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Case Update

Summertime, and the blogging is easy...  The Washington Gang is off until October, and the Columbus Seven is apparently in cruise mode:  the most notable decision out of the Ohio Supreme Court this past week was the granting of a motion to set the execution date for Gregory L. Bryant-Bey, who killed a Toledo man in 1992.  Bryant-Bey's date with the gurney is in November, but he doesn't need to cancel his magazine subscriptions just yet; as this article points out, he's going to be joining a federal civil rights lawsuit over Ohio's three-drug method of execution, despite the affirmance of Kentucky's similar procedure by the US Supreme Court this past spring.

At any rate, in keeping with the more leisurely legal pace, I'm going to have a little break, too, taking time off from blogging this Thursday and Friday.  On to the courts of appeals, where the work continues unabated...

Civil.  1st District says that when employee loses workers comp claim over lung problems arising from chemicals in plant, he's collaterally estopped from suing his employer for intentional tort arising out of the same exposure... Also vacates punitive damage award and remands for consideration in light of Supreme Court decision in Barnes v. University Hosp., discussed here... 8th District says that objection to jury instruction was timely made where first opportunity to do so was after judege had told jury "case is in your hands" and sent them out to deliberate... 9th District reverses court's rejection of father's motion to change custody because of mother's conviction of sexual misconduct with minor based on her sleeping with 15-year-old neighbor; appellate court says there's a difference between lifestyle choices and getting convicted for a crime which maks you sexually oriented offender... 8th District reversed $500 fine for contempt of court, says attorney's failure to show up on time for hearing was indirect, not direct, contempt...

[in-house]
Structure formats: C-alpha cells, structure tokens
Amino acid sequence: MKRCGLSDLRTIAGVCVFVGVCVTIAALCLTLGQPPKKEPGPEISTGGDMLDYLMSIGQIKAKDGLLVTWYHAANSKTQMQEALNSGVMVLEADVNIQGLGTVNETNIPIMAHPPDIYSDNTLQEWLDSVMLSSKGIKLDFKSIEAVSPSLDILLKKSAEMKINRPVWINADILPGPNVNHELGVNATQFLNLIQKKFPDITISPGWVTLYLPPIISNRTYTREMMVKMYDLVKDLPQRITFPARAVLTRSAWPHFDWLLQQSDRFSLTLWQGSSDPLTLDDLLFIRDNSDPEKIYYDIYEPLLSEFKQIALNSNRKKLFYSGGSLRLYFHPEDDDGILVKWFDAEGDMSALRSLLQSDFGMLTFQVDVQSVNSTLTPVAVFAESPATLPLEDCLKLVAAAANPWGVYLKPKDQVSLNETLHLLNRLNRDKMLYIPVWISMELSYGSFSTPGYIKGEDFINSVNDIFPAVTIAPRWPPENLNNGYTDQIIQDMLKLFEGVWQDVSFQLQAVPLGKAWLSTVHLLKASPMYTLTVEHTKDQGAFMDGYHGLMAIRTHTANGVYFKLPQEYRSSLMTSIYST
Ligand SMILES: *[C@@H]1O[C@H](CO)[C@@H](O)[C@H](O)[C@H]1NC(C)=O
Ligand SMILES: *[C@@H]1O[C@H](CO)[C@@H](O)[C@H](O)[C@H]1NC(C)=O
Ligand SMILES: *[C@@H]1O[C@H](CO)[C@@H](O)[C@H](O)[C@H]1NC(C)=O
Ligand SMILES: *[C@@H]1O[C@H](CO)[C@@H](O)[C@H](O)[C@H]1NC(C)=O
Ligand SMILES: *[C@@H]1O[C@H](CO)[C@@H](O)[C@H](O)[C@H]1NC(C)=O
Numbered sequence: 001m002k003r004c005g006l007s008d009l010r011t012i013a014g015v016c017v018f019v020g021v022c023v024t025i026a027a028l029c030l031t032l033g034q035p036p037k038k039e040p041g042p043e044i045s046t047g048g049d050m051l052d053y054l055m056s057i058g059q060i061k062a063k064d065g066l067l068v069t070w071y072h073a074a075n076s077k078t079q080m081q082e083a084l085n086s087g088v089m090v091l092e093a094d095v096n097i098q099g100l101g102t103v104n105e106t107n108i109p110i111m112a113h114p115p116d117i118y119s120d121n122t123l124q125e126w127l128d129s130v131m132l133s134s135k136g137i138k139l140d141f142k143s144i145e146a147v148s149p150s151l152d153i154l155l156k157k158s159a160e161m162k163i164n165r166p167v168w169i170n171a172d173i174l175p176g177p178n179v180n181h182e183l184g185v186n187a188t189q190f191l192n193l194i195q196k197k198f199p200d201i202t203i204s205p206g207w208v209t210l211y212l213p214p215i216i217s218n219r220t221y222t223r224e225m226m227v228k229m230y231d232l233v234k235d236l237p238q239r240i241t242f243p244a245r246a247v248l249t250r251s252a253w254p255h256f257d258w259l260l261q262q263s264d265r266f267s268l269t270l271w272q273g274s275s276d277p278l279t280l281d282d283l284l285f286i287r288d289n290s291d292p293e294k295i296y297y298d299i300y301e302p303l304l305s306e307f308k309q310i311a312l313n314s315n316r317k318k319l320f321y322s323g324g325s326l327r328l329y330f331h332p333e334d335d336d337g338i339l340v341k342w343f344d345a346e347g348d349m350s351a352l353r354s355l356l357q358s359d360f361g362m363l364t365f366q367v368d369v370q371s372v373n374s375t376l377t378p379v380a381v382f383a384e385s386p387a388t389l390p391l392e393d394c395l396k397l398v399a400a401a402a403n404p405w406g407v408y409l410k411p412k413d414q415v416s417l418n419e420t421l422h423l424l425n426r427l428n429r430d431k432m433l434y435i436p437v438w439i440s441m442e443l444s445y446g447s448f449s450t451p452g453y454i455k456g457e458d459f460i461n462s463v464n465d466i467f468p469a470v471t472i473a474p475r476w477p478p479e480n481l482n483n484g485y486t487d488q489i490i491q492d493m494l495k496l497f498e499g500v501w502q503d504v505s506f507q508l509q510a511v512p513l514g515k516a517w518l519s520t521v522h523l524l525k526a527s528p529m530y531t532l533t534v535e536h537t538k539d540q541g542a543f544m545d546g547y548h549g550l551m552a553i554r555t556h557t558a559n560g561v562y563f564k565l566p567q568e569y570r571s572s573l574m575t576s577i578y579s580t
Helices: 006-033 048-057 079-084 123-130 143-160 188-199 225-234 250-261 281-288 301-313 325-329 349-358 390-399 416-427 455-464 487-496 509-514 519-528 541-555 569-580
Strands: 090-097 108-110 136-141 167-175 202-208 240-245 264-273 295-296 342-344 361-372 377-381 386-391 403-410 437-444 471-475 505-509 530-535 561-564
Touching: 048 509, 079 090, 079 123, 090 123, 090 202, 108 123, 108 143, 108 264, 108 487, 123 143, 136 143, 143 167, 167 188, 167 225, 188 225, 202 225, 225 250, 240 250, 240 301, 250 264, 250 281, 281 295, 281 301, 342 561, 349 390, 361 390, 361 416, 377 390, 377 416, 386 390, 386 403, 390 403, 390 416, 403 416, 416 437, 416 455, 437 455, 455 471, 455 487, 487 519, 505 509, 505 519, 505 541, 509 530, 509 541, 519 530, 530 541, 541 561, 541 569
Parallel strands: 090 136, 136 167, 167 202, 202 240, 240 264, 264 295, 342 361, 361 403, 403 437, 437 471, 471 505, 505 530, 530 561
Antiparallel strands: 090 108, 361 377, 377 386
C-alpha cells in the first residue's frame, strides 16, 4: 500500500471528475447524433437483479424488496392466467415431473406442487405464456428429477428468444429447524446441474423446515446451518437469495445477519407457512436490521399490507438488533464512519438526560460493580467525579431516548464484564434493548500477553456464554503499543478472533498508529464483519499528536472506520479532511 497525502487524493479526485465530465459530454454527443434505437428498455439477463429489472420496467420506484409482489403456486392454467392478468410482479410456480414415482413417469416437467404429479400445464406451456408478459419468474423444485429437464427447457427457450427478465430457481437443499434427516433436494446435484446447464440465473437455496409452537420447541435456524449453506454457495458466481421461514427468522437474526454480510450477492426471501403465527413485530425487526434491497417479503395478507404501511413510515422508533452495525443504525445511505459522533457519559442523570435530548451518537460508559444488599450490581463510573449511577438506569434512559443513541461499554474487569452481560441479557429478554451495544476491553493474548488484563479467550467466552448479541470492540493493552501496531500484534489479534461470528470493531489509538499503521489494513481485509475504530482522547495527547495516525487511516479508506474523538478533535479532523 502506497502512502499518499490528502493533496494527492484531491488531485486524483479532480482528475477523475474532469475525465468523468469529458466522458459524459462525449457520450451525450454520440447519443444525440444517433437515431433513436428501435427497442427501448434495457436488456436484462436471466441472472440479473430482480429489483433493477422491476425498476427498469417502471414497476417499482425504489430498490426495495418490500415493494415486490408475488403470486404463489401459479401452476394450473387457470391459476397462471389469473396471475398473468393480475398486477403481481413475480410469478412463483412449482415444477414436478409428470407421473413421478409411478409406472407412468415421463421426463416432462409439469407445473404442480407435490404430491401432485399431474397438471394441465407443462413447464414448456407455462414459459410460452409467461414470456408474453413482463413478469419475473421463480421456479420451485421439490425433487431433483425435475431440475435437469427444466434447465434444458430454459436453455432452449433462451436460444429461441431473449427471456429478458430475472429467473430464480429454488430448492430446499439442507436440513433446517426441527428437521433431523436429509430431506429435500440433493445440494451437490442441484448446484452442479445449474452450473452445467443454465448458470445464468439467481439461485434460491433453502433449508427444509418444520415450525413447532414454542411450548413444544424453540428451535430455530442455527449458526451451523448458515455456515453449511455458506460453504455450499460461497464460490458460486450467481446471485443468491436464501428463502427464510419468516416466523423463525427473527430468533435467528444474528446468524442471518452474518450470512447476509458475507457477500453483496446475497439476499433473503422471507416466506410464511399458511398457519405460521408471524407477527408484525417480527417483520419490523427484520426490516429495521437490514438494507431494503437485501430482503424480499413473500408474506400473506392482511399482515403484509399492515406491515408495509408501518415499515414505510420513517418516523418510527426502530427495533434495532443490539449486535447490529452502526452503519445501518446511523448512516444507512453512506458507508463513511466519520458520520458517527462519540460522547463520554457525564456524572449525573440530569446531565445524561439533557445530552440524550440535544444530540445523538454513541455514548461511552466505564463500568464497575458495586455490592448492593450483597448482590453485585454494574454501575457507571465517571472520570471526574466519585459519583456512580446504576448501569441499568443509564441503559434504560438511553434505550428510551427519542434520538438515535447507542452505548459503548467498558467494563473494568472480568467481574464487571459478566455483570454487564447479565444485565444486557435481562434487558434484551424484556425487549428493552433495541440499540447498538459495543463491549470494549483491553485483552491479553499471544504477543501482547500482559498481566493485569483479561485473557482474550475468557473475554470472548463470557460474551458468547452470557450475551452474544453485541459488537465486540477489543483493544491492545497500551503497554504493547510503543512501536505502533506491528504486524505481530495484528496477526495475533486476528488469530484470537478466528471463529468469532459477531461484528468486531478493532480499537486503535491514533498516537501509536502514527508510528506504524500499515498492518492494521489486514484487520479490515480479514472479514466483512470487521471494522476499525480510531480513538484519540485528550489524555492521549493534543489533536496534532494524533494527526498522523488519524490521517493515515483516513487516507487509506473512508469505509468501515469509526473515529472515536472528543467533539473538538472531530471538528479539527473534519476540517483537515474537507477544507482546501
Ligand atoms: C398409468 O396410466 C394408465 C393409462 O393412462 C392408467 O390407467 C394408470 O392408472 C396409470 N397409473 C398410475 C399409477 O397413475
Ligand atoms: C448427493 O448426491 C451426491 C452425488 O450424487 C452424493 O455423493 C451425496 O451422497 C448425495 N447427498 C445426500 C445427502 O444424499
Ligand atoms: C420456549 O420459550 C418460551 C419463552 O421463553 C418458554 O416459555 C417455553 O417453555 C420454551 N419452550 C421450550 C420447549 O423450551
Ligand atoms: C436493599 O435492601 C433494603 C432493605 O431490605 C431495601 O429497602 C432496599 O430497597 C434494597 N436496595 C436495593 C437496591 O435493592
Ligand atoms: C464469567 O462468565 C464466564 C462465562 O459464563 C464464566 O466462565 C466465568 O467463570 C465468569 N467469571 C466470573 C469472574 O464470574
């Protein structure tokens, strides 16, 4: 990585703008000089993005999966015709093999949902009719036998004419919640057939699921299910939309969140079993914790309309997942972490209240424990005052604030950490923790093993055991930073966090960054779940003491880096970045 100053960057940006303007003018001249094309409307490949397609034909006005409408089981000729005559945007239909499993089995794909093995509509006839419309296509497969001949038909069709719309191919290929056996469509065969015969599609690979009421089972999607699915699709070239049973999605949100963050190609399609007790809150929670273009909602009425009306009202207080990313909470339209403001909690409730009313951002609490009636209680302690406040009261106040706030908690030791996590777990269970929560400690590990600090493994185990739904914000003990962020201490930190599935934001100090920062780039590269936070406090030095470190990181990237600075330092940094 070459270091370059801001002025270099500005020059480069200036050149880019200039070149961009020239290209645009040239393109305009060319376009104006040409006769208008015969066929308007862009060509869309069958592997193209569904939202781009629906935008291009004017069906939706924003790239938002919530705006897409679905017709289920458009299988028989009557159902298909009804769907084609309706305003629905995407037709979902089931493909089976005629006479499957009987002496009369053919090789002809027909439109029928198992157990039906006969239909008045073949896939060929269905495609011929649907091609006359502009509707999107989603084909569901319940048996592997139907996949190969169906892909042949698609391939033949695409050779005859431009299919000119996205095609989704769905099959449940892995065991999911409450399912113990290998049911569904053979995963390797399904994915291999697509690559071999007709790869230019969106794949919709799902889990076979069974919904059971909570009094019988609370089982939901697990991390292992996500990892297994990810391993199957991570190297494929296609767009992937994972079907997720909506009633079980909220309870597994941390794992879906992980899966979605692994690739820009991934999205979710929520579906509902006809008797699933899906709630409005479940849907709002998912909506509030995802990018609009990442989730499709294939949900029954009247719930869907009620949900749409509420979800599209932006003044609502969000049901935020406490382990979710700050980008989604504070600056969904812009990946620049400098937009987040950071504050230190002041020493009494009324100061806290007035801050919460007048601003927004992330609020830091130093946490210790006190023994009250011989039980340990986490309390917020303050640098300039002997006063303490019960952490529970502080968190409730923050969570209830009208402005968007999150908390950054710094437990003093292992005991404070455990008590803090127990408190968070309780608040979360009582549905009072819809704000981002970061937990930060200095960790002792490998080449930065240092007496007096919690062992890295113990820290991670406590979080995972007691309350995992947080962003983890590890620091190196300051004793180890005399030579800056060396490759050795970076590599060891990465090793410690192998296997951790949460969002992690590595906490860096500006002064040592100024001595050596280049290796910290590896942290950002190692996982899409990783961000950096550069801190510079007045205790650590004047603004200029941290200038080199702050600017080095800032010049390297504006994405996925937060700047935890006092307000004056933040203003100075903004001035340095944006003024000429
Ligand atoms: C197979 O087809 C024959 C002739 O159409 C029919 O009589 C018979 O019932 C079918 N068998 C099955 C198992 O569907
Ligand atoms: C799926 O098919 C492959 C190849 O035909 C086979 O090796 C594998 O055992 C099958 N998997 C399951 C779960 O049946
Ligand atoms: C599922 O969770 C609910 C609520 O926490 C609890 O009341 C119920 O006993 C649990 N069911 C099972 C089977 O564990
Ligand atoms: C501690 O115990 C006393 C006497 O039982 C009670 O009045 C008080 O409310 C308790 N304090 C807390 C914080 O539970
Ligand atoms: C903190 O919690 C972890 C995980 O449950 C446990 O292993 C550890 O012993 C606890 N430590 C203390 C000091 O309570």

Criminal.  8th District says that defendant not denied right to present witnesses where trial court refused to issue bench warrant for witness because defense hadn't been successful in serving witness with subpoena... 9th District affirms conviction of theft where defendant hid objects in cart, but left store before getting to checkout... 3rd District says that plea to contributing to the delinquency of a minor does not create double jeopardy bar to prosecution for gross sexual imposition and corrupting another with drugs... Don't they cover this in law school?  5th District reminds us all that plea of guilty waives right to appeal ruling on motion to suppress... 8th affirms grant of motion to suppress identification where 80-year-old victim suffering from head trauma shown single photograph in hospital... 5th District says that defendant opened door to admission of prior disorderly conduct conviction by placing character in issue by testifying that she was nonviolent...

Good news, bad news.  In State v. Sutton, the defendant presented twelve assignments of error, and won one:  the appellate court agreed that the two of the counts for inducing panic should've been convictions for misdemeanors, not felonies, since the degree of the offense wasn't specified in the verdict form.  That knocked out two of the twenty convictions, and three of the 46 1/2 years the defendant had been sentenced to. 

Here's a lawsuit with a lot of promise.  Plaintiff who'd filed a lawsuit against Giant Eagle for false arrest and intentional infliction of emotional distress based upon their accusing him of shoplifting appeals the grant of summary judgment, claiming that the court erred in allowing the defendant to file the motion beyond the date set for dispositive motions.  The court of appeals rejects this claim, noting that the deadline was extended because the defendants had difficulty deposing plaintiff due to "his incarceration on unrelated matters."

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